Australia: Private Members Bill proposes second-tier New Zealand advancement patent

Last Updated: 11 April 2018
Article by Gareth Dixon

A New Zealand "innovation (or advancement) patent"? Now distinctly possible. Australia's second-tier innovation patent regime has been all over the news recently – literally overnight, it went from death row to receiving a stay of execution. Although it is not without its faults, has been prone to certain unintended outcomes and has recently gained some high-profile critics, the Australian innovation patents regime has arguably been relatively successful in stimulating R&D activity (innovation) amongst Australian small-to-medium enterprises (SMEs).

On the other hand, New Zealand has never previously had (or indeed needed) any such second-tier patents regime. Under the outgoing Patents Act 1953, inventive step was not examined, which in effect, meant that one could often obtain a New Zealand standard (20 year) patent for the same "low level" invention that if pursued before the Australian Patent Office may only have been worthy of an innovation (8 year) patent. With the advent of the Patents Act 2013, this is no longer true. In fact, the balance has been effectively reversed.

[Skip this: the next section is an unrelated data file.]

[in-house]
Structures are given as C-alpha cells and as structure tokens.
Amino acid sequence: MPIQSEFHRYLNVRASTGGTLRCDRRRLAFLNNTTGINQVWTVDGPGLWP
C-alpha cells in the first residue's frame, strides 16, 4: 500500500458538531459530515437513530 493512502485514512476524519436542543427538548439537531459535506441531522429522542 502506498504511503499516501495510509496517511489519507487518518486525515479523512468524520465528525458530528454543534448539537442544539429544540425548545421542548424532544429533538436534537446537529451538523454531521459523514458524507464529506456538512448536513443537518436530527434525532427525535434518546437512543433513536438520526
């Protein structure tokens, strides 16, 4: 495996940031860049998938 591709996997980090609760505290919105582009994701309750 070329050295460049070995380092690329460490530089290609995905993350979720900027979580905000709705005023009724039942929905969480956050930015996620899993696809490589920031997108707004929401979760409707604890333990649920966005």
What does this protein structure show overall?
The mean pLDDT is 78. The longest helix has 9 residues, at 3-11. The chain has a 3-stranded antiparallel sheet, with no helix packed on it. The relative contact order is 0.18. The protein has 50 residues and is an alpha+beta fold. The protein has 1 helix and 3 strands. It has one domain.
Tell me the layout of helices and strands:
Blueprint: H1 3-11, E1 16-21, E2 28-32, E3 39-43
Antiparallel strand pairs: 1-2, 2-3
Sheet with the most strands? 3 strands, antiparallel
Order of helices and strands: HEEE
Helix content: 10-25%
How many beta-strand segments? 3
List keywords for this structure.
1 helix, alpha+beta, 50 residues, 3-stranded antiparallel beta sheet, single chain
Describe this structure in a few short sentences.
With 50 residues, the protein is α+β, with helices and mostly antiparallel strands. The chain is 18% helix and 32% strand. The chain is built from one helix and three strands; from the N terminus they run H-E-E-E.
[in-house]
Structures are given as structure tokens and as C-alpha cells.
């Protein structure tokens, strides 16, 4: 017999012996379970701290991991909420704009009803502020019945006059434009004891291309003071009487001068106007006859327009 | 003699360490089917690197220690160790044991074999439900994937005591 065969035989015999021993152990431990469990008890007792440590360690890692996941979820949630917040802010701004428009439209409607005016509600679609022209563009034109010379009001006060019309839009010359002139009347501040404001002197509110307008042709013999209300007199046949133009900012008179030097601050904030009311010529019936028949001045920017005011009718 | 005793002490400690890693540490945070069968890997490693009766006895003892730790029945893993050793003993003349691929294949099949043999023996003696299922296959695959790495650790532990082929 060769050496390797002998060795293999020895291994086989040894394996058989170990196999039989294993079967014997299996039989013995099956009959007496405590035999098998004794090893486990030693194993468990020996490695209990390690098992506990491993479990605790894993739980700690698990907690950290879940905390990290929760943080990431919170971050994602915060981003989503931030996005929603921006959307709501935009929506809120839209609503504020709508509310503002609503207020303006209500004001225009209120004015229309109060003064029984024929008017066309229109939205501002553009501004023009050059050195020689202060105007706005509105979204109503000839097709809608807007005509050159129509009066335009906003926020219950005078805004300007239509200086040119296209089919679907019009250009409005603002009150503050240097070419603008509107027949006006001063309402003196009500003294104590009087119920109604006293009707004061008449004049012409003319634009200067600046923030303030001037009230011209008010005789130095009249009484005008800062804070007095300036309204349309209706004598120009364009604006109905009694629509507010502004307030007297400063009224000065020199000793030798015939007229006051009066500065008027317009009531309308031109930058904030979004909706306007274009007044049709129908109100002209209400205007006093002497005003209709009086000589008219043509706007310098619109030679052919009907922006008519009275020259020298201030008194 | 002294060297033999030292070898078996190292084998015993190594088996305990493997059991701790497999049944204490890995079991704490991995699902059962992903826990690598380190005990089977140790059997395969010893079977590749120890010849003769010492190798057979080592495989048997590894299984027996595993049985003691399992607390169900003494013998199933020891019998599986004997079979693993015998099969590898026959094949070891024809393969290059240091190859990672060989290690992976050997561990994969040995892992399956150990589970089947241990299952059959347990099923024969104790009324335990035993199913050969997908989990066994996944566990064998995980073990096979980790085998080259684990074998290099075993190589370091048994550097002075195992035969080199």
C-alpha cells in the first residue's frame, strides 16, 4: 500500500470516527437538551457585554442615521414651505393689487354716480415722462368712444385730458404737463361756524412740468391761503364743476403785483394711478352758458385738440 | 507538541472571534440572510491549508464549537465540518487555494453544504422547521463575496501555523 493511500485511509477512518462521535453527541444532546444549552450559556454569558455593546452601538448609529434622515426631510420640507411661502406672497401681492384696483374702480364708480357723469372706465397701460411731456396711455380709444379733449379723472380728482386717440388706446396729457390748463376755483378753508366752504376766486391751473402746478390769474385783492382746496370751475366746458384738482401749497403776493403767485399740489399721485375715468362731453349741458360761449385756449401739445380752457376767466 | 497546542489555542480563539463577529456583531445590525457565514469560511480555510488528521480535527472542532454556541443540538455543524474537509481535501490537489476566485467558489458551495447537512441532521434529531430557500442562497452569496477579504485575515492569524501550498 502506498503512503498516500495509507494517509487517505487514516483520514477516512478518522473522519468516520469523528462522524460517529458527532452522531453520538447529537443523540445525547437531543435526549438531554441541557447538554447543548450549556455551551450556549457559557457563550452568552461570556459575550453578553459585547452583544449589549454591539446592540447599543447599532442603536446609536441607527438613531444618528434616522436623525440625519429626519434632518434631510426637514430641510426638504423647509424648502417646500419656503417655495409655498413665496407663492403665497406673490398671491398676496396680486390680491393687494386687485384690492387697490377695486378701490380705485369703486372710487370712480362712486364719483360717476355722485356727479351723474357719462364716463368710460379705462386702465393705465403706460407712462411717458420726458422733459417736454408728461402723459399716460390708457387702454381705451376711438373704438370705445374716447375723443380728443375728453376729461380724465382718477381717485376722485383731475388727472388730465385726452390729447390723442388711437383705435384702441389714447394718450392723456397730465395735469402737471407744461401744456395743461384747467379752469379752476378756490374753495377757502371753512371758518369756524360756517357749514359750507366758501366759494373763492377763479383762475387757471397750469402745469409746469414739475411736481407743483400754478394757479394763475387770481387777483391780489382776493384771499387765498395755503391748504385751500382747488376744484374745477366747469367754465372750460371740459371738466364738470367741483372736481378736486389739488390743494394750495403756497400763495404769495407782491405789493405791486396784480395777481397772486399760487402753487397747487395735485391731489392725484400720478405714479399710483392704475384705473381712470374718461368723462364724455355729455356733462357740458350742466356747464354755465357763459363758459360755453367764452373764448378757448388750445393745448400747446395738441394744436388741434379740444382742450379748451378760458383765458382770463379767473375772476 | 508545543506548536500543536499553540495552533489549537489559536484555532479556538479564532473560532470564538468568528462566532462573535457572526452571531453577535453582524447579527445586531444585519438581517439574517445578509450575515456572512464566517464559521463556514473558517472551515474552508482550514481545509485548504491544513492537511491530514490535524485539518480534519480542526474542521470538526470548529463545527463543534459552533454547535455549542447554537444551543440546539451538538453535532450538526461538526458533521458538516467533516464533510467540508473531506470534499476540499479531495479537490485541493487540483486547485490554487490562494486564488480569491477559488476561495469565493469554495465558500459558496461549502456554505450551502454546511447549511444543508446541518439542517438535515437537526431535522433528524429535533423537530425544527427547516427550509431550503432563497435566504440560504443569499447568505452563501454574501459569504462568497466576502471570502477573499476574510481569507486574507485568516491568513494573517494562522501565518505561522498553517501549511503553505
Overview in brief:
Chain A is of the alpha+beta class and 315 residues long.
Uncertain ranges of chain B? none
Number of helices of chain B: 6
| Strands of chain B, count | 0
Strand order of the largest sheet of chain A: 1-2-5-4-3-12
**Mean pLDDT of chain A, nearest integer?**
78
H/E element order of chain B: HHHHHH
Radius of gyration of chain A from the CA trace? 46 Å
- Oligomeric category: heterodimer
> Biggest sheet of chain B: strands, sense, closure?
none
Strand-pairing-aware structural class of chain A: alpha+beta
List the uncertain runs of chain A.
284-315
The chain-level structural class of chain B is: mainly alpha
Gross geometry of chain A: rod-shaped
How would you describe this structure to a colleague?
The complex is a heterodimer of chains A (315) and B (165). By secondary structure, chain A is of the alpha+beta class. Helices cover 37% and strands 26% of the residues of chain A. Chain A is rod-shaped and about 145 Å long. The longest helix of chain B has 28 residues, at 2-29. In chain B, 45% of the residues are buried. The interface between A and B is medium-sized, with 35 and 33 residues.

Introduction

New Zealand's new Patents Act 2013 (the "new Act") took effect from 13 September 2014. Any complete application filed in the Intellectual Property Office of New Zealand (IPONZ) following commencement of the new legislation is subject to patentability standards substantially aligned with international norms. Such standards include examination for inventive step and represent a perceptible increase with respect to those prescribed under the outgoing Patents Act 1953 (the "old Act").

In the absence of a second-tier patents regime in New Zealand, many applications that would have met the standards for patent protection under the old Act stand to be denied protection under the new legislation. In this article, we briefly examine the justification for this legislative gap and consider ways in which the present imbalance may be redressed, should the New Zealand Government wish to do so.

Private Member's Bill in NZ's Parliament

Call it coincidence or design, but hot on the heels of recent developments in Australia, a Private Member's Bill was tabled in New Zealand's Parliament on 5 April 2018. Introduced by National (liberal, opposition) "list" MP, Dr Parmjeet Parmar (National's science and innovation spokesperson), the Patents (Advancement Patents) Amendment Bill 2018 (the Bill) purports to install NZ's answer to Australia's innovation patent – the "advancement patent". The General Policy Statement recites: